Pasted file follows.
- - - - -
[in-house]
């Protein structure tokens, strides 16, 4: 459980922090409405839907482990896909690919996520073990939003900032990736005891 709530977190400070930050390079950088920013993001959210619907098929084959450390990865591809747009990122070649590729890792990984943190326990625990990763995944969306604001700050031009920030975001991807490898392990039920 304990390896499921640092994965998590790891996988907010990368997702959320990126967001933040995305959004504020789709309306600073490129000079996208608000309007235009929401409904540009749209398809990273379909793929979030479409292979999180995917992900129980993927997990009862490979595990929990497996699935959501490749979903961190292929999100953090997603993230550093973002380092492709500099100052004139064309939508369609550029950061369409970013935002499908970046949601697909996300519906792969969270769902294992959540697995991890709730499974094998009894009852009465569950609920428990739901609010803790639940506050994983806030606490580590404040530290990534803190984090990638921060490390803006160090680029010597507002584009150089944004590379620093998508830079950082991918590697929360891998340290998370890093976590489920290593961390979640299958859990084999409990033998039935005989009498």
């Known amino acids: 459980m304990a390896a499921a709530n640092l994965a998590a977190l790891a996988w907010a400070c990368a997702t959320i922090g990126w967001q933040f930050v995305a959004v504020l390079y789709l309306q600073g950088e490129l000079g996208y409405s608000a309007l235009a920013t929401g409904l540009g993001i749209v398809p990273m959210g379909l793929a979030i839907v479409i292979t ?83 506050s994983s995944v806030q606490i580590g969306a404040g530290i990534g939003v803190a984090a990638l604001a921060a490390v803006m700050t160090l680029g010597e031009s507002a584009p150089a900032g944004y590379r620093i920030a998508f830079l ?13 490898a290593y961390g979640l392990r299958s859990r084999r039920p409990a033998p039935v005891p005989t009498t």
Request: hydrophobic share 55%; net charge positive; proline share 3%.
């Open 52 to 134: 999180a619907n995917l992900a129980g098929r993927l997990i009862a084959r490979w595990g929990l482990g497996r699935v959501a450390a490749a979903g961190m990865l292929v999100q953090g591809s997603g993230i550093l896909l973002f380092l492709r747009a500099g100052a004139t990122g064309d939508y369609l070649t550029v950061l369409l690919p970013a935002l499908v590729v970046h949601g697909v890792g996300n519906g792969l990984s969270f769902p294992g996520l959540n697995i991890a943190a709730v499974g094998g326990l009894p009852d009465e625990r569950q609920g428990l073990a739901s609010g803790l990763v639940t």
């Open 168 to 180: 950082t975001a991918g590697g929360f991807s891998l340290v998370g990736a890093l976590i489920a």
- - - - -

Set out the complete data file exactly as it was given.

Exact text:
[in-house]
């Protein structure tokens, strides 16, 4: 459980922090409405839907482990896909690919996520073990939003900032990736005891 709530977190400070930050390079950088920013993001959210619907098929084959450390990865591809747009990122070649590729890792990984943190326990625990990763995944969306604001700050031009920030975001991807490898392990039920 304990390896499921640092994965998590790891996988907010990368997702959320990126967001933040995305959004504020789709309306600073490129000079996208608000309007235009929401409904540009749209398809990273379909793929979030479409292979999180995917992900129980993927997990009862490979595990929990497996699935959501490749979903961190292929999100953090997603993230550093973002380092492709500099100052004139064309939508369609550029950061369409970013935002499908970046949601697909996300519906792969969270769902294992959540697995991890709730499974094998009894009852009465569950609920428990739901609010803790639940506050994983806030606490580590404040530290990534803190984090990638921060490390803006160090680029010597507002584009150089944004590379620093998508830079950082991918590697929360891998340290998370890093976590489920290593961390979640299958859990084999409990033998039935005989009498």
């Known amino acids: 459980m304990a390896a499921a709530n640092l994965a998590a977190l790891a996988w907010a400070c990368a997702t959320i922090g990126w967001q933040f930050v995305a959004v504020l390079y789709l309306q600073g950088e490129l000079g996208y409405s608000a309007l235009a920013t929401g409904l540009g993001i749209v398809p990273m959210g379909l793929a979030i839907v479409i292979t ?83 506050s994983s995944v806030q606490i580590g969306a404040g530290i990534g939003v803190a984090a990638l604001a921060a490390v803006m700050t160090l680029g010597e031009s507002a584009p150089a900032g944004y590379r620093i920030a998508f830079l ?13 490898a290593y961390g979640l392990r299958s859990r084999r039920p409990a033998p039935v005891p005989t009498t």
Request: hydrophobic share 55%; net charge positive; proline share 3%.
């Open 52 to 134: 999180a619907n995917l992900a129980g098929r993927l997990i009862a084959r490979w595990g929990l482990g497996r699935v959501a450390a490749a979903g961190m990865l292929v999100q953090g591809s997603g993230i550093l896909l973002f380092l492709r747009a500099g100052a004139t990122g064309d939508y369609l070649t550029v950061l369409l690919p970013a935002l499908v590729v970046h949601g697909v890792g996300n519906g792969l990984s969270f769902p294992g996520l959540n697995i991890a943190a709730v499974g094998g326990l009894p009852d009465e625990r569950q609920g428990l073990a739901s609010g803790l990763v639940t």
């Open 168 to 180: 950082t975001a991918g590697g929360f991807s891998l340290v998370g990736a890093l976590i489920a």